Presentation on theme: "The Napoleonic Wars FRANCE GOES ON A WINNING STREAK."— Presentation transcript:
The Napoleonic Wars FRANCE GOES ON A WINNING STREAK
The Dream Just as Robespierre had dreamed, under Napoleon the French became masters of Europe through military conquest or the threat thereof. The idea was to put all of Europe under French control, thus making France the master of Europe’s economy and getting rid of Absolutist kings. They were to be replaced by French-chosen leaders or by people willing to rule like France. Amazingly, Napoleon accomplished this between 1805 and 1807.
How did he do it? Napoleon’s Art of War (military) Napoleon used new tactics of fighting that overwhelmed less- prepared countries: His troops traveled light and could cover greater distances. They took food from the areas they conquered and quickly moved on, thus eliminating the need for an elaborate supply system AND easing the burden of the French peasants. He let false plans fall into the hands of enemy spies and completely surprised the confused opponent’ He attacked opponents’ supply systems rather than focusing on their main forces, and would not permit opponents to retreat.
How did he do it? Napoleon’s Art of War (morale) Napoleon’s forces were more willing to fight than their opponents because: Unlike opponent’s peasants drafted into service, Napoleon’s troops they were fighting for a just cause—ending the tyranny of kings. Soldiers were treated well, giving Napoleon their loyalty in return, The French accepted volunteers in conquered areas to join them as equals. This also eliminated the need to rely too heavily on reluctant French peasants to fight.
The Grand Empire: Greater France Under Napoleon, modern Belgium, the Netherlands, Northwest Italy, Rome (including the Vatican), and the Dalmatian Coast (modern Slovenia and Croatia) all became part of France and were ruled directly by Napoleon. Parts of modern Poland were taken from Prussia and Austria and became the “Grand Duchy of Warsaw” and were considered part of France. People living in these regions were considered equal French citizens with all of the rights and privileges of the French. All of their wealth, however, seemed to make its way to Paris with little in return except for new rights and freedoms.
The Grand Empire: French Dependents Neighboring states such as Spain, the Northeast Italian States, Southern Italy and most of the German-speaking Holy Roman Empire technically remained independent, but were ruled by relatives of Napoleon who did whatever France wanted them to do. This created tremendous ill-will among the royal families and Nobles who had their centuries-old power stripped from them, and new ideas were forced on them. However, they were powerless to stop it considering the strength of Napoleon’s Grand Army. This arrangement finally ended the ineffective, weak Holy Roman Empire and started the German states down the road to unification although it would take more than sixty years to complete. A similar process started for Italy.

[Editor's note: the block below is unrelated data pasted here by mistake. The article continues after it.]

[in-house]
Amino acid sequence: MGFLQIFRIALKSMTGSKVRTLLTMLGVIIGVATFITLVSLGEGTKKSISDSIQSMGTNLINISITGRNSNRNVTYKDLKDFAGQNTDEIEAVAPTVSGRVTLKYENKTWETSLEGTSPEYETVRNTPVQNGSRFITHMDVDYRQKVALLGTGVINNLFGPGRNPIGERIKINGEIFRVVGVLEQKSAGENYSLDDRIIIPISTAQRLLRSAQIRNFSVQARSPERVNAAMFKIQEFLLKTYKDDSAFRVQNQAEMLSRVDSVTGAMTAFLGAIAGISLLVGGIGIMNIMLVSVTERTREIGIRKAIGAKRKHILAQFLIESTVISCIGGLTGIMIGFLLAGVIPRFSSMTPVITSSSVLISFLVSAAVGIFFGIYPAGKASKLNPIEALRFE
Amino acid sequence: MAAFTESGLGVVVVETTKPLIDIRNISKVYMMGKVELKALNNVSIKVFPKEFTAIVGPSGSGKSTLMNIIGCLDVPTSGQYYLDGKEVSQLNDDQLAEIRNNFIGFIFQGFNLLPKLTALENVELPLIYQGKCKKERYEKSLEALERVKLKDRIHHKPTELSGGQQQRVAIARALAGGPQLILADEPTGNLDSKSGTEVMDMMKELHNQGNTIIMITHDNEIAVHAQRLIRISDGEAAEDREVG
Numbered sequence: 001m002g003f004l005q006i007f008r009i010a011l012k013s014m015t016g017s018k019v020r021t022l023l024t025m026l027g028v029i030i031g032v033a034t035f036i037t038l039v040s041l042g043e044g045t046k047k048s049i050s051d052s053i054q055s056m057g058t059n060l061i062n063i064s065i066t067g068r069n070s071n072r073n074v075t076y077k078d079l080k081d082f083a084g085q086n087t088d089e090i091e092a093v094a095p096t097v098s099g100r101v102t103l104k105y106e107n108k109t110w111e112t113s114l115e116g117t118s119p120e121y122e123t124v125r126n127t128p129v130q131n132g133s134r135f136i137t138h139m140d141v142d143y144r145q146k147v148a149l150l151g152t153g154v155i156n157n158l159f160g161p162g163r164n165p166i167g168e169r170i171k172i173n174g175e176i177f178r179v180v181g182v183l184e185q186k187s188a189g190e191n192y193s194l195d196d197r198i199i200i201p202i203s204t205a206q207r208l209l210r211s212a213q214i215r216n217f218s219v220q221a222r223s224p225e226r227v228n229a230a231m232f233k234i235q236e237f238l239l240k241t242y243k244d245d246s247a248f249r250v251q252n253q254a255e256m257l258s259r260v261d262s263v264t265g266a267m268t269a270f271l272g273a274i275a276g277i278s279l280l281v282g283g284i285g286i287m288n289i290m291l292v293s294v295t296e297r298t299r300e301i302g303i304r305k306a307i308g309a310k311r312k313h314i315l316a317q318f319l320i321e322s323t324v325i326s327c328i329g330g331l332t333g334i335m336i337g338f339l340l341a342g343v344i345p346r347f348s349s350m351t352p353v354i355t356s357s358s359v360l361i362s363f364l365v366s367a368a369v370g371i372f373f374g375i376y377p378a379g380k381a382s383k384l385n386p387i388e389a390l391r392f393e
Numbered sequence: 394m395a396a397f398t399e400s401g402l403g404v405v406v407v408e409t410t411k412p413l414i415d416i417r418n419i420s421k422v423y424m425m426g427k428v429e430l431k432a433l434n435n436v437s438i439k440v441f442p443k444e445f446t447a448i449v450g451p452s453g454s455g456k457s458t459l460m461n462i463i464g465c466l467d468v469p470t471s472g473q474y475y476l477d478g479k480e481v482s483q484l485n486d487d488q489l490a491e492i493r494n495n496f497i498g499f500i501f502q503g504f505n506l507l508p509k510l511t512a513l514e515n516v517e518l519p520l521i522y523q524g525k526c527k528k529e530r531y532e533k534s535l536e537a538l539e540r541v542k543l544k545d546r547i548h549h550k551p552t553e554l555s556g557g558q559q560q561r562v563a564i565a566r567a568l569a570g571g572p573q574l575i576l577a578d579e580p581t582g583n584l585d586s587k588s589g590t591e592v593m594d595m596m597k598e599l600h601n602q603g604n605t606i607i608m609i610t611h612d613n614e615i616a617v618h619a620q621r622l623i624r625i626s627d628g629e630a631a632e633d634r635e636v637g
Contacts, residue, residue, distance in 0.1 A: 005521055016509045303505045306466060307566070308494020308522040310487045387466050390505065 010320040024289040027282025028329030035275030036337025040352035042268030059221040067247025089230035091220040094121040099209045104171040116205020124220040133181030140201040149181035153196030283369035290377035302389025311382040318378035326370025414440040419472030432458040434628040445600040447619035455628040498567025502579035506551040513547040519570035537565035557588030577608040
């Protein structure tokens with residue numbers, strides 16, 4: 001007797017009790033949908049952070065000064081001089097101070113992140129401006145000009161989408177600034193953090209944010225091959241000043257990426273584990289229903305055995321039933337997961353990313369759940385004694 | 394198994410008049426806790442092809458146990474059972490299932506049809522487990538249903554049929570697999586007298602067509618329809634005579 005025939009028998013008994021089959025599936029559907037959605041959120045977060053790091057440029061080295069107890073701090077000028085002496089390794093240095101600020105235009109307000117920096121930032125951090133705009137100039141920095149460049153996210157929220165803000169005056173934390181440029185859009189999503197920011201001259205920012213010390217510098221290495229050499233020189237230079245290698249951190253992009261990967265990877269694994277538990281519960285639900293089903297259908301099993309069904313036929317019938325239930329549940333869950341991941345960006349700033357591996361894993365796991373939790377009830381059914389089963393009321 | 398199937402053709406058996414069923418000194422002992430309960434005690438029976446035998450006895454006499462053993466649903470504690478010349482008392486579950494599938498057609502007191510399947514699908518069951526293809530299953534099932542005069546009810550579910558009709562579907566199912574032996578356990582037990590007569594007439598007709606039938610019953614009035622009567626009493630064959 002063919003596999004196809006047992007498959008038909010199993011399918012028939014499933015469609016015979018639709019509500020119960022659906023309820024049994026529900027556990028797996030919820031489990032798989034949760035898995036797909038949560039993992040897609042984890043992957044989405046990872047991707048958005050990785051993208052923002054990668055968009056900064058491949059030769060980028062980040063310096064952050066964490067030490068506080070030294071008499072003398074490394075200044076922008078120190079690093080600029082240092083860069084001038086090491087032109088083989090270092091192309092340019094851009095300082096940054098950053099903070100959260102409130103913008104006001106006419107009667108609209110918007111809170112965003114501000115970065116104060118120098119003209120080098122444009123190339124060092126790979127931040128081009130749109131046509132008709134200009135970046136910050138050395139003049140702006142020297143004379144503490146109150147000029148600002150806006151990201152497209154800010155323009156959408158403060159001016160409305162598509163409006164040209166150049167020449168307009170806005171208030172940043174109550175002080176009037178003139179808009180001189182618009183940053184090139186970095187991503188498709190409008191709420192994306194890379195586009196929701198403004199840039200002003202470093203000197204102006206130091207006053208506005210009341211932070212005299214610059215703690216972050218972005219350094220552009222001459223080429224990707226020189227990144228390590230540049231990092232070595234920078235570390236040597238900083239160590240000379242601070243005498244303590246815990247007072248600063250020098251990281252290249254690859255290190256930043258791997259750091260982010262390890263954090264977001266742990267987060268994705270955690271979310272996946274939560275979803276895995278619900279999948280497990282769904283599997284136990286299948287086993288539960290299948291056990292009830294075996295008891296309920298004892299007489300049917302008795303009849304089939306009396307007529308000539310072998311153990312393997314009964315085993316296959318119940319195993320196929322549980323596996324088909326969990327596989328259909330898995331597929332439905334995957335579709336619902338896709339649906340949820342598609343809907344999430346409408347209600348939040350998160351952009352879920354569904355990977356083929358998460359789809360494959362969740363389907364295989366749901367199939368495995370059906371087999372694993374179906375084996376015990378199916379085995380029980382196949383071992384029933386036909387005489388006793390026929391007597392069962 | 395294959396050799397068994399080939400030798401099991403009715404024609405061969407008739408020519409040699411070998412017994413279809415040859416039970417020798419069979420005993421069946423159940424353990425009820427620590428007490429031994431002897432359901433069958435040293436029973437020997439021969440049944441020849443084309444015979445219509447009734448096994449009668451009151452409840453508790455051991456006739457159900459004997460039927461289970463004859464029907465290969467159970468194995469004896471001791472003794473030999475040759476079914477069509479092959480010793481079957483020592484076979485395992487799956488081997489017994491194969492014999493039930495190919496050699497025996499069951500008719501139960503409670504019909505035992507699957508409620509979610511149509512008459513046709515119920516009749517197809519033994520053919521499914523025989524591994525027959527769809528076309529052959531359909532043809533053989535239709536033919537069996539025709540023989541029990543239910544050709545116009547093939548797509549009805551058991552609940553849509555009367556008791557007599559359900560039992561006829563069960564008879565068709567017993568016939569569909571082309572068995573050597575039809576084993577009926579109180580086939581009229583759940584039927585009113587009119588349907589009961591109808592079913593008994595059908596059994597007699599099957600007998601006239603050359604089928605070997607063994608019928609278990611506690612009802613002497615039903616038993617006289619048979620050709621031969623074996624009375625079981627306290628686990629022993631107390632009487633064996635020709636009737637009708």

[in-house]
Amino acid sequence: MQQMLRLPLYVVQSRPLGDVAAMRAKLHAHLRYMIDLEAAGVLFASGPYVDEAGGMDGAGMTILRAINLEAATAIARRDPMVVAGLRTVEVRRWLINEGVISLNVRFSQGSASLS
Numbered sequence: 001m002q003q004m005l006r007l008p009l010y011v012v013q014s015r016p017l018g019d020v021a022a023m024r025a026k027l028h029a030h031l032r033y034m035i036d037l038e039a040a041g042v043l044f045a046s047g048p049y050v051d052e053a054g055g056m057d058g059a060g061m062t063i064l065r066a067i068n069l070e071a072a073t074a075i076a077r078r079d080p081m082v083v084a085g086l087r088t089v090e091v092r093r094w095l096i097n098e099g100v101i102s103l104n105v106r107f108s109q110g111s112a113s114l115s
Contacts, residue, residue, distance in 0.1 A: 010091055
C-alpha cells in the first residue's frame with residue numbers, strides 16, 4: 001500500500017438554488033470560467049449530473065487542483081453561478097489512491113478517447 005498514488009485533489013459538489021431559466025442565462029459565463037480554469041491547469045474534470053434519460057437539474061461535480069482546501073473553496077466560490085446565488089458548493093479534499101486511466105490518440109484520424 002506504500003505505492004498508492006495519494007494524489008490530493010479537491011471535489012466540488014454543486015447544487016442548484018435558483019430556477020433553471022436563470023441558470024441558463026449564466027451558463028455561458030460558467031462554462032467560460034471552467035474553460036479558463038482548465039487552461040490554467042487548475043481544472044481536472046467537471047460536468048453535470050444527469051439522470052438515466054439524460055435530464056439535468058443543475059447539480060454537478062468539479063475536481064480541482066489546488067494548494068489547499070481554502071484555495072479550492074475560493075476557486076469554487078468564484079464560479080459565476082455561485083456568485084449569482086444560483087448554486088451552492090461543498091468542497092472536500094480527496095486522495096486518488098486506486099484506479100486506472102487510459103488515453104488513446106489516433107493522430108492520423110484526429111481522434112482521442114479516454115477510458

The Grand Empire: French “Allies” Prussia, the Austrian Empire, and Denmark remained independent and free of French rule. However, upon losing a few quick battles to the French, these countries reached an unspoken agreement with Napoleon that they would not harm Napoleon’s Empire in any way, and that the Grand Army’s troops could cross their territory when necessary. This gave Napoleon no reason to invade. The Absolutist rulers of these countries got to stay in power, and their more Enlightened subjects grew resentful that few of the modern French freedoms, laws, and ways of equality were reaching their lands.
The Grand Empire: Avoiding Napoleonic Rule The Battle of Trafalgar (Slide 12) ruled out any invasion of France’s chief economic rival Great Britain. Russia and the Ottoman Empire were situated too far away for Napoleon to invade, although he would (tragically) be ready and willing to do so if either stood in the way of the functioning of the Empire. Still, from 1805 to 1813 France was the undisputed ruler of Europe with an Empire rivaling that of the Romans. Yet it would be faraway Russia that would doom the Empire.
Life in the Conquered Lands: The Good Is it possible to be happy to be invaded? Many conquered peoples welcomed the French as liberators from the backwardness of the Feudal system. Napoleon spread the Revolution to conquered lands, ending absolutism and the local dictatorships of Nobles, ending serfdom and torture, and introducing the rule of law in the Code Napoleon, bringing basic education to the masses, creating a fairer system of taxes, promoting freedom of religion, and built roads, bridges and canals to help with trade. Basically, he destroyed whatever remained of Feudalism wherever the Grand Army reached. These ideas never went away, and those who gained from them did not want to go back to their old ways—even if they resented being conquered and ruled by a foreign power.